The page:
Since ancient times, books have been man’s best friend, playing the role of guiders and philosophers. Books have always been there to inspire humans and help them broaden their horizons and open new avenues. As Neil Gaiman says, “a book is a dream that you hold in your hands.” However, in recent times, with the advancement shown in technology, printed books have seen a decline in its popularity as with the emergence of eBooks, electronic versions of printed books, this has totally brought about a huge change in the publishing industry and has made the electronic copies a much more sought-after and in-demand format. From among the dozens of eBook readers available, Adobe Reader has mostly been the get-go for Windows users due to its excellent features and support for several PDF manipulation functions.
However, with Adobe not actually having a Linux based version, it becomes necessary to look at some of its alternatives available on Linux which shall also be the topic of our discussion in this article.
1) Foxit Reader
Foxit Reader is a top tier freemium PDF reader that has gained a large following due to its impressive feature set and quality performance. Foxit has both a free and premium version, both of which offer high-grade features to its users, some of which even go toe to toe against those provided by Adobe. One of the best features that come along with Foxit is its ability to annotate PDF documents which allows for a better understanding of the text being read and helps in summarizing the text.
Foxit also provides a very smooth and silky reader which further has several reading modes. In addition to this, you can rotate your screens, move to-and-fro, and even has multiple background themes from which users can choose from.
It also provides a navigation panel that contains several different sections of your PDF such as Bookmarks, comments, etc.
Another great alternative that can be found on Linux is Evince, a free and open-source document reader developed by FOSS and is available for all major platforms such as Windows, Linux, and so on. Evince is actually the default document viewer for GNOME-based desktop environments, the most notable ones being Ubuntu, Fedora, and Debian. One of the most noteworthy features that come along with Evince is its ability to display dual pages simultaneously along with having support for displaying files in full screens and slide shows. It even allows users to switch the page view as in right to left or vice versa.
Evince also has a powerful integrated search system that highlights the part and displays the page number where the specified searched element was found.
Like Foxit, Evince also allows users to add notes as well as highlight text on their PDFs.
Okular is a lightweight and cross-platform document reader developed by the people working at KDE. Okular not only has the support for PDFs but also other file formats such as Epubs, ODF, XPS, and so on. Okular has a very easy to use and user-friendly interface with everything clearly set out in an organized manner. You can easily change the layout and add or remove some elements from it. For example, in the following image, all the different sections can be seen such as the navigation panel, the toolbar, the page, and menu bar:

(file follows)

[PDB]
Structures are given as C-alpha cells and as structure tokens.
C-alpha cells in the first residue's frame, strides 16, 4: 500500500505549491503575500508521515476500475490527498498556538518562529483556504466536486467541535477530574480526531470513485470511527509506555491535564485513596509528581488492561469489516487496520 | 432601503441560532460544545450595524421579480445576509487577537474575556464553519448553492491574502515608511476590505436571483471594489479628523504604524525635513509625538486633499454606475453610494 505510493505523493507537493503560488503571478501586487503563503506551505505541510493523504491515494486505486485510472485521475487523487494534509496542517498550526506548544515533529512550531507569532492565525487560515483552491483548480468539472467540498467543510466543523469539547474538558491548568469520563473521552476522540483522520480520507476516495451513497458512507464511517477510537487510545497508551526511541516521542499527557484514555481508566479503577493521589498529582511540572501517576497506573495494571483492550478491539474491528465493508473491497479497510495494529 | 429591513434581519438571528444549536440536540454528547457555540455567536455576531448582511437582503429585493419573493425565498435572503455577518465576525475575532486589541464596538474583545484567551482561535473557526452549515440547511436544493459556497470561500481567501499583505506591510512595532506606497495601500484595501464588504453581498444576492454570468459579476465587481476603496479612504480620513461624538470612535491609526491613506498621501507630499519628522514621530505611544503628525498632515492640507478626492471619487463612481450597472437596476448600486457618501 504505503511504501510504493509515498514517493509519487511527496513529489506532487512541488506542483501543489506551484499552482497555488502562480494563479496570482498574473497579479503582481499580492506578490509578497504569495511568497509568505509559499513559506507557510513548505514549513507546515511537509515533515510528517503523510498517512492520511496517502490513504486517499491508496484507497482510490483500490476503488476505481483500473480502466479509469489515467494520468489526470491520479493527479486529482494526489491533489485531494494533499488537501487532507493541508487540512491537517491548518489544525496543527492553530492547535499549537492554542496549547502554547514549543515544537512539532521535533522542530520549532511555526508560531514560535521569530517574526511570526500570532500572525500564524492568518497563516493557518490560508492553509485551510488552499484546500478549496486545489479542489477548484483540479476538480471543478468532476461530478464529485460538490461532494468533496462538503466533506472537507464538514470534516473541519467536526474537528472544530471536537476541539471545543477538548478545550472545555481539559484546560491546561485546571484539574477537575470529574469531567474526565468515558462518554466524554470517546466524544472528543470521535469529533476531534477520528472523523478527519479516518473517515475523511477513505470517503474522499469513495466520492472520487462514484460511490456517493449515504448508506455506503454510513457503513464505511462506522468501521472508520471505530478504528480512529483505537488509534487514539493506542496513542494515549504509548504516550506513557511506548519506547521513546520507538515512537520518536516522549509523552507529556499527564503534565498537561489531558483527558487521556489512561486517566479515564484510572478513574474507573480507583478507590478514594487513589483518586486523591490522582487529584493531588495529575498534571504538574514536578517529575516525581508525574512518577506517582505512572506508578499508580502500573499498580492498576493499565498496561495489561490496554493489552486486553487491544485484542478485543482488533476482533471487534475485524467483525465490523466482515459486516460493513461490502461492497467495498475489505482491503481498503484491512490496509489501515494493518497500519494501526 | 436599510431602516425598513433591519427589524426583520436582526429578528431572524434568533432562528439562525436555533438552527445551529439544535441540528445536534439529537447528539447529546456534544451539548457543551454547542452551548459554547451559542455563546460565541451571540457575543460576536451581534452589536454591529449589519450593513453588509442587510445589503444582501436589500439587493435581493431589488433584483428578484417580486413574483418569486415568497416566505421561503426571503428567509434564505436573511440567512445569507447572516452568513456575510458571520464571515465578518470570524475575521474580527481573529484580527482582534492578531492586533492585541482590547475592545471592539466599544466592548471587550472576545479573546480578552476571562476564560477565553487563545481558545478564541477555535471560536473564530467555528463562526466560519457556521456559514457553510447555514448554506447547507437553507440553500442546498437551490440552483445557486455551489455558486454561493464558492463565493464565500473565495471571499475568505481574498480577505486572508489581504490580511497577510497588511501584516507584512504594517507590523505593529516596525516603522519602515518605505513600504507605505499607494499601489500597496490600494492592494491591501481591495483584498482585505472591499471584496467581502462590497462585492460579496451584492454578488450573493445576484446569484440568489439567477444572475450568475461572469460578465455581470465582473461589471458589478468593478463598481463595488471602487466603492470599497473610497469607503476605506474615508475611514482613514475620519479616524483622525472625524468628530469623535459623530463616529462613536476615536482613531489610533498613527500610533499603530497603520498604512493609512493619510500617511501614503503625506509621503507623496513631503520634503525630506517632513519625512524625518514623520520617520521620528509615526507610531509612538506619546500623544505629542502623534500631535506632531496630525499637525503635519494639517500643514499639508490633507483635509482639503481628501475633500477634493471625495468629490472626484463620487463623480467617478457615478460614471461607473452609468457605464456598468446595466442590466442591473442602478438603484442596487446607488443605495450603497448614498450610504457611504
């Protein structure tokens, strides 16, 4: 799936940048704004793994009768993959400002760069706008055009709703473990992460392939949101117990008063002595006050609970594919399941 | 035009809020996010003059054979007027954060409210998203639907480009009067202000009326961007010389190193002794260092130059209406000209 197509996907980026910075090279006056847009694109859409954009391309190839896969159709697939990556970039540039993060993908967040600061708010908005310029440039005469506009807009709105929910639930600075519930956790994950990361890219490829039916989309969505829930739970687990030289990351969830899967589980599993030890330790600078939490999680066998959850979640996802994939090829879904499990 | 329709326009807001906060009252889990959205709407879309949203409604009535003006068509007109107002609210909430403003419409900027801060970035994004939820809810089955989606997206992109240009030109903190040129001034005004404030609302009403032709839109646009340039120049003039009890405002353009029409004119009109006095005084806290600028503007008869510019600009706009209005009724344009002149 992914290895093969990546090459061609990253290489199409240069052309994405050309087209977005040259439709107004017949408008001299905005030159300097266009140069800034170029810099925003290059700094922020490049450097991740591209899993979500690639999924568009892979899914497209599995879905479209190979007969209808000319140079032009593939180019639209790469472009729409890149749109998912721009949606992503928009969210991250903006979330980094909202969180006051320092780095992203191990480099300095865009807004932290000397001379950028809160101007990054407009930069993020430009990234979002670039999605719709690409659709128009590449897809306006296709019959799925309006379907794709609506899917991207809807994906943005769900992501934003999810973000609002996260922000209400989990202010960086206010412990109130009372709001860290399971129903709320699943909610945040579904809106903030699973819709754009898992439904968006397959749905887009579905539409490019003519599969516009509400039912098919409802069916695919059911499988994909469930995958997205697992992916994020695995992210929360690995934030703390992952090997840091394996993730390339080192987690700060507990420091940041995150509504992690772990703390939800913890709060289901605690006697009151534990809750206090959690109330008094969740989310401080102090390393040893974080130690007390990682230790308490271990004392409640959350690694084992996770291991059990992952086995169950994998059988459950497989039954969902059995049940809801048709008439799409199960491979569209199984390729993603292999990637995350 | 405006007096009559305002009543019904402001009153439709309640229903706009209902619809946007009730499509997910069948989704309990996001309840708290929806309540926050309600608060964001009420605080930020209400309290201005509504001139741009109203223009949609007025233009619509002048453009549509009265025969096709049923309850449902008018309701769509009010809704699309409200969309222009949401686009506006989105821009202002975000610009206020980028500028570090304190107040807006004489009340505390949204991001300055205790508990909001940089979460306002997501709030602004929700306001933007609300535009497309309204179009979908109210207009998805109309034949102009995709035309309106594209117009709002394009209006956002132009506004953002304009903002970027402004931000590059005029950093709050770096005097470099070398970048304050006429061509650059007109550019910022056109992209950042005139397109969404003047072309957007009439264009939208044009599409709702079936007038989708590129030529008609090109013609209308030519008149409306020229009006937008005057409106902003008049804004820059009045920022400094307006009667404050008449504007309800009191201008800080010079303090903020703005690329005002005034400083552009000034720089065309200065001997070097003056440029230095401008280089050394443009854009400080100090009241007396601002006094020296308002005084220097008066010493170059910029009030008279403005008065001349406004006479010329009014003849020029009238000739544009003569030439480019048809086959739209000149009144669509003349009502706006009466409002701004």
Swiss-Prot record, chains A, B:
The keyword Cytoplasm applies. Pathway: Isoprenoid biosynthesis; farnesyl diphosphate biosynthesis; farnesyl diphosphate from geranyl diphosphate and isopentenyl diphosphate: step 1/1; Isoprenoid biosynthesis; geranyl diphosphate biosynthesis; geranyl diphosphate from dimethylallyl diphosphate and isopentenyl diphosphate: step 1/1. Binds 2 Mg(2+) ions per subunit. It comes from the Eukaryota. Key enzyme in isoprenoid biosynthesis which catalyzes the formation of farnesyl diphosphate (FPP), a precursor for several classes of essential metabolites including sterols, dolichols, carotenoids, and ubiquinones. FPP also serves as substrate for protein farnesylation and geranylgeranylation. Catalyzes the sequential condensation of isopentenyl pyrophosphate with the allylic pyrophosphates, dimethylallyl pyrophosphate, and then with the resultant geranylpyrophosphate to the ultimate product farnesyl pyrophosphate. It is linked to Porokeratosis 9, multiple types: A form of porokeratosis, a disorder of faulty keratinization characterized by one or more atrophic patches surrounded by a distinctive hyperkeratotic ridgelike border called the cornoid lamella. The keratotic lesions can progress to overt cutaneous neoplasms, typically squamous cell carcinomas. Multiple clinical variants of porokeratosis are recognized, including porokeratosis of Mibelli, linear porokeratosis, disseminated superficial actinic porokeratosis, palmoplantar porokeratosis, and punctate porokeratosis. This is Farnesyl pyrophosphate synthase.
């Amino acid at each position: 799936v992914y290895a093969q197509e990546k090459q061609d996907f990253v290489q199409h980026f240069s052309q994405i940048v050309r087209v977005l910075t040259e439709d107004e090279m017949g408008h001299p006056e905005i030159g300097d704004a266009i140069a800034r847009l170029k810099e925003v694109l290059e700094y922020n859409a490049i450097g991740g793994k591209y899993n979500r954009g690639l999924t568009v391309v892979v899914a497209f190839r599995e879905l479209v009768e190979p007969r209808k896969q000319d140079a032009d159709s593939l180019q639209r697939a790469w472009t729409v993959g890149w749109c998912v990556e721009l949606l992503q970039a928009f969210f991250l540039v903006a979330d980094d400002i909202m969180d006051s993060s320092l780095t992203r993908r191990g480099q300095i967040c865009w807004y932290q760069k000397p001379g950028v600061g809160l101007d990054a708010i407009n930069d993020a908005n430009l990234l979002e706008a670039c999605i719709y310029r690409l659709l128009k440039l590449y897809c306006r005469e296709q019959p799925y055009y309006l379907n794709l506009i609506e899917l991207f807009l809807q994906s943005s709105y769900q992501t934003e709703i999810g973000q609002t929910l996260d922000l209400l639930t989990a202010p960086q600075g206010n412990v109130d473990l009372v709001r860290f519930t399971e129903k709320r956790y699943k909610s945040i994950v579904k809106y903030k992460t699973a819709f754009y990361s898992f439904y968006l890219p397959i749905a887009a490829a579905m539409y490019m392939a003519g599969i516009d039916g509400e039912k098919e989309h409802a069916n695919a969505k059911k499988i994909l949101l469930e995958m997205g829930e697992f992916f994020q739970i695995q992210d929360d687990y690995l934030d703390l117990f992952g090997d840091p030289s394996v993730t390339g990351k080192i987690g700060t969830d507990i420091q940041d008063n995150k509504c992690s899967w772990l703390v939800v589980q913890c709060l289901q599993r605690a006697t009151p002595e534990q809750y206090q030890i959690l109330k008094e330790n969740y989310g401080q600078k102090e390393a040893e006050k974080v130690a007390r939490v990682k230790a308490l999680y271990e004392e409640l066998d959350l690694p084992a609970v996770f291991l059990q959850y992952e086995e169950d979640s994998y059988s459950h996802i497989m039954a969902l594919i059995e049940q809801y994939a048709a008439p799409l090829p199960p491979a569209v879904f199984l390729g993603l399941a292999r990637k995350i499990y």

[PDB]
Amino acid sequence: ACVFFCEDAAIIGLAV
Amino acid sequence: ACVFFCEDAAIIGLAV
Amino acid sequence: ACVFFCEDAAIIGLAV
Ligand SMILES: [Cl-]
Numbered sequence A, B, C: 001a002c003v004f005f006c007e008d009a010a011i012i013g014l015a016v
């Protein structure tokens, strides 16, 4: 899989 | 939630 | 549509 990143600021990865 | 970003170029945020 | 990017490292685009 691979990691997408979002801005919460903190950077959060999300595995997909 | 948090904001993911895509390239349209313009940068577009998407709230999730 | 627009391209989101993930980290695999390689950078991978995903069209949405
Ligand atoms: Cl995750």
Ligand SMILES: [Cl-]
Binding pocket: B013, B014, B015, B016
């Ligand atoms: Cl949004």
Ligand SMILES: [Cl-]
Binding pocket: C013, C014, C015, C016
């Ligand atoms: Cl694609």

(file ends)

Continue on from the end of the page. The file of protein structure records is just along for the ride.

One of the best things about Okular is that it provides several tools each with different functionalities. For example, you can use the Text Selection tool to copy some text and then apply the following operations to it:
Similar to the other PDF readers, Okular also possesses an extremely detailed annotation tool which includes adding notes, highlighting, drawing polygons, and so on.
4) Master PDF
Master PDF is the next name to come into this list, a lightweight and easy to use PDF reader. Master PDF provides users with several outstanding features, the most notables ones including the ability to create, edit, merge files as well as adding comments, signatures to files, and even offering encryption of PDF files. It also has various annotation tools with which users can add notes, highlight text, and even include shapes into their PDF files.
Master PDF also has an editing window in which you can edit your annotations. These edits can vary from changing colors to adding types and statuses. For example, in the above image, let’s say I want to change the color of my sticky Note to light green.
MuPDF is the last name on our list, which is a free and open-source PDF reader and is well-known for its lightweight nature and quick response. What sets MuPDF apart from other software are the command line tools that it possesses, which allow users to create PDFs from text files, move about the pages and even adjust the width and height of the screen.
You can get the commands of MuPDF by entering the following command into the terminal:
Which are the Best Alternatives to Adobe Reader on Linux?
Adobe Reader has always been one of the most popular Adobe applications. However, with Adobe Reader not available in Linux, the Linux Community had to work hard in producing PDF readers that could counter Adobe. From among the variety of choices, all the five readers mentioned above are excellent choices for reading and editing PDFs and have features that even go head to head against those provided by Adobe Reader.